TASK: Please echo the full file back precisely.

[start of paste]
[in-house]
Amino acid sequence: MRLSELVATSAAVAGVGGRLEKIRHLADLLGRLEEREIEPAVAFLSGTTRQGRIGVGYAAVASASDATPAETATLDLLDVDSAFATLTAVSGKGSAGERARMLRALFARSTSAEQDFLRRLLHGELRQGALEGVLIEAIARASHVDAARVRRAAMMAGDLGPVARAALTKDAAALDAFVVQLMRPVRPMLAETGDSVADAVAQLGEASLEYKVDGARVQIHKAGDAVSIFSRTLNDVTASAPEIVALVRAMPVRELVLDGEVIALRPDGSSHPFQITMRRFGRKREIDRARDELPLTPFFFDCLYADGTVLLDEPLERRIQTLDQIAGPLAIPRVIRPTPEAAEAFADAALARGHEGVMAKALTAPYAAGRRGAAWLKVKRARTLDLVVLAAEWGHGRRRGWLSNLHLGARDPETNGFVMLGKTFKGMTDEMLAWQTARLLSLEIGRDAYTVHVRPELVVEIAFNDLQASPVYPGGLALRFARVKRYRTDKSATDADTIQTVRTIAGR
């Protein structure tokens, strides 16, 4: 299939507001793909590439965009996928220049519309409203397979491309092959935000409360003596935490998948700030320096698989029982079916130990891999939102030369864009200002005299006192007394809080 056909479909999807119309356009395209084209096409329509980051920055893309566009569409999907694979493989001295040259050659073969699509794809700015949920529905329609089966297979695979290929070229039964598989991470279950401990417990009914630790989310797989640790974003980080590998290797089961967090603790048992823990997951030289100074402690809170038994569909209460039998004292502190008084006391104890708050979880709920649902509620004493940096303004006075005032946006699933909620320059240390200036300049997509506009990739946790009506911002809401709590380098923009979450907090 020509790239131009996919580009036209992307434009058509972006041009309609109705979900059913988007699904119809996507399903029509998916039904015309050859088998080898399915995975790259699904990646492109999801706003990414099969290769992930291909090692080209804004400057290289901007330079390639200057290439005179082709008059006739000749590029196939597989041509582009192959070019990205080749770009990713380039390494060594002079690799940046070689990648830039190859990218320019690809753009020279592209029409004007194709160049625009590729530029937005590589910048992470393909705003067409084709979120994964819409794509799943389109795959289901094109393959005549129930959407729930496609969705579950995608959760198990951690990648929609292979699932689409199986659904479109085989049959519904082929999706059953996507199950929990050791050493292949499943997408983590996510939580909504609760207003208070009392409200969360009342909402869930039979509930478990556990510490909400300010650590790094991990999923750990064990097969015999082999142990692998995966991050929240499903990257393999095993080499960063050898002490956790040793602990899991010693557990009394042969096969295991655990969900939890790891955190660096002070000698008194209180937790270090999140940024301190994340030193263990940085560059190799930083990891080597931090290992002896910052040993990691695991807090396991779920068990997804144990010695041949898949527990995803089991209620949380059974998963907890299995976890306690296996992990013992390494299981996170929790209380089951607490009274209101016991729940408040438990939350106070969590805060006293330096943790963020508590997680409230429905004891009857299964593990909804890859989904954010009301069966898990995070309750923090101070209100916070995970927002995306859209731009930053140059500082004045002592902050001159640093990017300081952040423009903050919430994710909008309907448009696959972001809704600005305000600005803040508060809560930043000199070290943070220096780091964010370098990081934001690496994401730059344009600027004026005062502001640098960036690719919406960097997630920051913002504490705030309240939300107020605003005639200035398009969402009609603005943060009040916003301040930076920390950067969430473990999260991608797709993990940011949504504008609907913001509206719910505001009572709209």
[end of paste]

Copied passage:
[in-house]
Amino acid sequence: MRLSELVATSAAVAGVGGRLEKIRHLADLLGRLEEREIEPAVAFLSGTTRQGRIGVGYAAVASASDATPAETATLDLLDVDSAFATLTAVSGKGSAGERARMLRALFARSTSAEQDFLRRLLHGELRQGALEGVLIEAIARASHVDAARVRRAAMMAGDLGPVARAALTKDAAALDAFVVQLMRPVRPMLAETGDSVADAVAQLGEASLEYKVDGARVQIHKAGDAVSIFSRTLNDVTASAPEIVALVRAMPVRELVLDGEVIALRPDGSSHPFQITMRRFGRKREIDRARDELPLTPFFFDCLYADGTVLLDEPLERRIQTLDQIAGPLAIPRVIRPTPEAAEAFADAALARGHEGVMAKALTAPYAAGRRGAAWLKVKRARTLDLVVLAAEWGHGRRRGWLSNLHLGARDPETNGFVMLGKTFKGMTDEMLAWQTARLLSLEIGRDAYTVHVRPELVVEIAFNDLQASPVYPGGLALRFARVKRYRTDKSATDADTIQTVRTIAGR
């Protein structure tokens, strides 16, 4: 299939507001793909590439965009996928220049519309409203397979491309092959935000409360003596935490998948700030320096698989029982079916130990891999939102030369864009200002005299006192007394809080 056909479909999807119309356009395209084209096409329509980051920055893309566009569409999907694979493989001295040259050659073969699509794809700015949920529905329609089966297979695979290929070229039964598989991470279950401990417990009914630790989310797989640790974003980080590998290797089961967090603790048992823990997951030289100074402690809170038994569909209460039998004292502190008084006391104890708050979880709920649902509620004493940096303004006075005032946006699933909620320059240390200036300049997509506009990739946790009506911002809401709590380098923009979450907090 020509790239131009996919580009036209992307434009058509972006041009309609109705979900059913988007699904119809996507399903029509998916039904015309050859088998080898399915995975790259699904990646492109999801706003990414099969290769992930291909090692080209804004400057290289901007330079390639200057290439005179082709008059006739000749590029196939597989041509582009192959070019990205080749770009990713380039390494060594002079690799940046070689990648830039190859990218320019690809753009020279592209029409004007194709160049625009590729530029937005590589910048992470393909705003067409084709979120994964819409794509799943389109795959289901094109393959005549129930959407729930496609969705579950995608959760198990951690990648929609292979699932689409199986659904479109085989049959519904082929999706059953996507199950929990050791050493292949499943997408983590996510939580909504609760207003208070009392409200969360009342909402869930039979509930478990556990510490909400300010650590790094991990999923750990064990097969015999082999142990692998995966991050929240499903990257393999095993080499960063050898002490956790040793602990899991010693557990009394042969096969295991655990969900939890790891955190660096002070000698008194209180937790270090999140940024301190994340030193263990940085560059190799930083990891080597931090290992002896910052040993990691695991807090396991779920068990997804144990010695041949898949527990995803089991209620949380059974998963907890299995976890306690296996992990013992390494299981996170929790209380089951607490009274209101016991729940408040438990939350106070969590805060006293330096943790963020508590997680409230429905004891009857299964593990909804890859989904954010009301069966898990995070309750923090101070209100916070995970927002995306859209731009930053140059500082004045002592902050001159640093990017300081952040423009903050919430994710909008309907448009696959972001809704600005305000600005803040508060809560930043000199070290943070220096780091964010370098990081934001690496994401730059344009600027004026005062502001640098960036690719919406960097997630920051913002504490705030309240939300107020605003005639200035398009969402009609603005943060009040916003301040930076920390950067969430473990999260991608797709993990940011949504504008609907913001509206719910505001009572709209």